The foreclosure crisis engulfing neighborhoods across the Tampa Bay area is a sign to most people of a distressed economy. But to the law enforcement officers who patrol these neighborhoods, the empty homes represent something else entirely: a haven for crime. Scattered in the central neighborhoods of St. Petersburg and Tampa, or in the zombie subdivisions that dot the exurbs of Hillsborough and Pasco counties, abandoned homes provide a place for thieves to stash their stolen goods and for addicts to get high, authorities say.
Meanwhile, squatters and burglars are stripping homes bare, stoking fears of a downward spiral that could lead to more foreclosures, and even more crime.
"We're seeing a lot of empty homes," says Hillsborough sheriff's Maj. Ronald Hartley, who oversees most of southern Hillsborough, which saw home construction explode during the boom years. "They're problematic because they provide opportunity. Why would I break into a house where someone could be home when there are so many homes that I know aren't occupied?"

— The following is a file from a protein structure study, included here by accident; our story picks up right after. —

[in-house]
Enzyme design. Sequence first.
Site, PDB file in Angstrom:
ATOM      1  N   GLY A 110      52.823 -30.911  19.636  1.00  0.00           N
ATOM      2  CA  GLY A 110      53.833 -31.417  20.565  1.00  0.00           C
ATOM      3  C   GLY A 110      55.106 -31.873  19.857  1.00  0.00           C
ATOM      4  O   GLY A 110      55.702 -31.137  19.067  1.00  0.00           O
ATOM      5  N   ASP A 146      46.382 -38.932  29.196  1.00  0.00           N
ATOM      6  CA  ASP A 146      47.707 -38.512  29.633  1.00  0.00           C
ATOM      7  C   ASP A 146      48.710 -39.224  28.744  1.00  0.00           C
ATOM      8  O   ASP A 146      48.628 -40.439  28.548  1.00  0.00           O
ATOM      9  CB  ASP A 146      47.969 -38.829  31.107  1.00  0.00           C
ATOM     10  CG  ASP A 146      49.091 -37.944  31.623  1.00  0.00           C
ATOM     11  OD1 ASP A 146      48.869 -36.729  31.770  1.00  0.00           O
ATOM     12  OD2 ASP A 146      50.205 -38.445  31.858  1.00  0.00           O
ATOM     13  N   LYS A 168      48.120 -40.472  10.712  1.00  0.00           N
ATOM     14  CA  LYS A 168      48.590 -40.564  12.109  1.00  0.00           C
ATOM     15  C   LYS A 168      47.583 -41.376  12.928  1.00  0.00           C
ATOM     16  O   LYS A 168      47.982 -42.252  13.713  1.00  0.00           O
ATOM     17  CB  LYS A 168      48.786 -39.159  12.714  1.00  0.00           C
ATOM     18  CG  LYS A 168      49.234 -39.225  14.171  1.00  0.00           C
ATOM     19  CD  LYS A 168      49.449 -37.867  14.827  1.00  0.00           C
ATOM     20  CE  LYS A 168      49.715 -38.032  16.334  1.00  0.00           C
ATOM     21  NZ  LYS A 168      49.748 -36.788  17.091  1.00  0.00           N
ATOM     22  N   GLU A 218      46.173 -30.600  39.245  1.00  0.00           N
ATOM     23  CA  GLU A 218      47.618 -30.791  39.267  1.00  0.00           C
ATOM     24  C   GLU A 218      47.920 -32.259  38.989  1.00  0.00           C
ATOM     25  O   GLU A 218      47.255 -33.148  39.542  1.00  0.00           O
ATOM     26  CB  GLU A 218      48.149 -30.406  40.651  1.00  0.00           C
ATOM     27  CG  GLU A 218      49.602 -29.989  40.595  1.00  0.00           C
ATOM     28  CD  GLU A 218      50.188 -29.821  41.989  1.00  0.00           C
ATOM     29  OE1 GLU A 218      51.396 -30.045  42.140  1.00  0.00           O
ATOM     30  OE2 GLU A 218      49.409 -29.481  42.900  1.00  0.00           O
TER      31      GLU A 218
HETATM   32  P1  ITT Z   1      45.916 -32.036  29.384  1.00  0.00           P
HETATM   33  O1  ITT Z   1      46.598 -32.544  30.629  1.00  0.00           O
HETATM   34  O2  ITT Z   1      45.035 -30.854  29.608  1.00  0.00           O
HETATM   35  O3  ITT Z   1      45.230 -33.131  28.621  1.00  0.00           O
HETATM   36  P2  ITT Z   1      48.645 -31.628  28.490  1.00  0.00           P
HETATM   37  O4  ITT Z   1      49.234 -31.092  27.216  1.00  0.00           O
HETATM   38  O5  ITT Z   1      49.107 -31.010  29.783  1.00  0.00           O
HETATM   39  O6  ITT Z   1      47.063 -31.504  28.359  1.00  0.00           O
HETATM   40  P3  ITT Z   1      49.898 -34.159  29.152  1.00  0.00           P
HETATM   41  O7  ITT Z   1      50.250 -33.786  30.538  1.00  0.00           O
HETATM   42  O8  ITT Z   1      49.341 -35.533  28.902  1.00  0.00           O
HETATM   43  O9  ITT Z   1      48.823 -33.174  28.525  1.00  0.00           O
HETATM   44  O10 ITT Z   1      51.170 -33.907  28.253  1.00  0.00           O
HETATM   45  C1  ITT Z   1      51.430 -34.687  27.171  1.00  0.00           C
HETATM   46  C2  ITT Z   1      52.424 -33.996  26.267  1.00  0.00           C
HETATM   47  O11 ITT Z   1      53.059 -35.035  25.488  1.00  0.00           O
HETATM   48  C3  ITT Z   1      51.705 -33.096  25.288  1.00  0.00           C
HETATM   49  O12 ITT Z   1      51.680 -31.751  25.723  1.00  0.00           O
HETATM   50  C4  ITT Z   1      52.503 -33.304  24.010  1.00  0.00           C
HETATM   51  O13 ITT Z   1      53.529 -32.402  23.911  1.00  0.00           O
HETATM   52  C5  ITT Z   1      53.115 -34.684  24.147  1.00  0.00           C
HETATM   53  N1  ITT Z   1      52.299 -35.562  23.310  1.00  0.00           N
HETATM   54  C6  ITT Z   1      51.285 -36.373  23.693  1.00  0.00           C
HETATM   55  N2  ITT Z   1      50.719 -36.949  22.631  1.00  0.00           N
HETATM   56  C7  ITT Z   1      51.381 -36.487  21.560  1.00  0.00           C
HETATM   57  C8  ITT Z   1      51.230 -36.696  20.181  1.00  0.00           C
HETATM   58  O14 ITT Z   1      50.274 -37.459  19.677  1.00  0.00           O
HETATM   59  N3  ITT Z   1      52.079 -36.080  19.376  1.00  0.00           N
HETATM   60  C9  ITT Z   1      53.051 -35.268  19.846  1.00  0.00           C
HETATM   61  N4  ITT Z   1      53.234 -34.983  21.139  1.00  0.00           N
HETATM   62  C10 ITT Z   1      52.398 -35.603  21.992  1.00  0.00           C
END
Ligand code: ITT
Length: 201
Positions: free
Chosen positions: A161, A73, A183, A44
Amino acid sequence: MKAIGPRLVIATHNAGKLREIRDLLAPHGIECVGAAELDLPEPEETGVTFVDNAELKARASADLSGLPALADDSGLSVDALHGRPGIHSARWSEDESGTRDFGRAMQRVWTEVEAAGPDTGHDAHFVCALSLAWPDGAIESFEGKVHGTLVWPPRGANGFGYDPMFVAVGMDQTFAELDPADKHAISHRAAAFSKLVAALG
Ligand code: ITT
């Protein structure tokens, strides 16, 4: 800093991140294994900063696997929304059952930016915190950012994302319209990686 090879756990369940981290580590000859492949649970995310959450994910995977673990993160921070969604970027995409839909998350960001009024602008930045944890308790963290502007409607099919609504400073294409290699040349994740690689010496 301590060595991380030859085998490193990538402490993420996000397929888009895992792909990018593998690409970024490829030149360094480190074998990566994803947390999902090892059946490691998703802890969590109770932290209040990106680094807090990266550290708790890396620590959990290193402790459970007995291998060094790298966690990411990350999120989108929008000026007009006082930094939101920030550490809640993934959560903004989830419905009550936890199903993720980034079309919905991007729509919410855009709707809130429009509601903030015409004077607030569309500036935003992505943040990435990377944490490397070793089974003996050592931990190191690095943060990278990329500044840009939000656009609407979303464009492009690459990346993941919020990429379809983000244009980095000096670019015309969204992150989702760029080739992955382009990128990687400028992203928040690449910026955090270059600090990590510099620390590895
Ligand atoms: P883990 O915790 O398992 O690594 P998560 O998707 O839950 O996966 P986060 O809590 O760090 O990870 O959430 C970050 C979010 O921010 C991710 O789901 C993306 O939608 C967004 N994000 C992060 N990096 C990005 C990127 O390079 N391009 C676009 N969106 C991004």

Welcome to a new era of American crime, says Richard Florida, an author who has written extensively on social and economic trends.
While urban decay posed the biggest challenge for police in the 20th century, the decline of the suburbs and the abandonment of single-family homes will be the larger problem in coming decades, Florida says.
Suburbs are more spread out, making them harder to patrol. And they are less dense, so there are fewer eyes on the street to protect neighborhoods when the police aren't there.
"It's a problem that we have to be aware of, especially in places that fell victim to speculation," Florida says. "Who would've thought that it's the big cities that have become more vital and less dangerous (while) the suburbs are the ones that have become less vital and more dangerous?"
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Locally, law enforcement is still trying to get its arms around the extent of foreclosure-related crime. Hillsborough sheriff's deputies, for example, only recently began noting in crime reports whether homes affected by crime were occupied or not.
But authorities have no doubt there is a strong connection.
In St. Petersburg, police say it's a tired pattern: Empty homes are vandalized by teens and occupied by vagrants. They're stripped of their valuable metals by thieves who destroy them in the process. Then they get taken over by drug dealers and burglars.
Thieves find foreclosed homes especially useful. Carrying stolen goods in daylight increases the chances of getting caught. But the housing crisis has left plenty of places to hide that stuff until nightfall.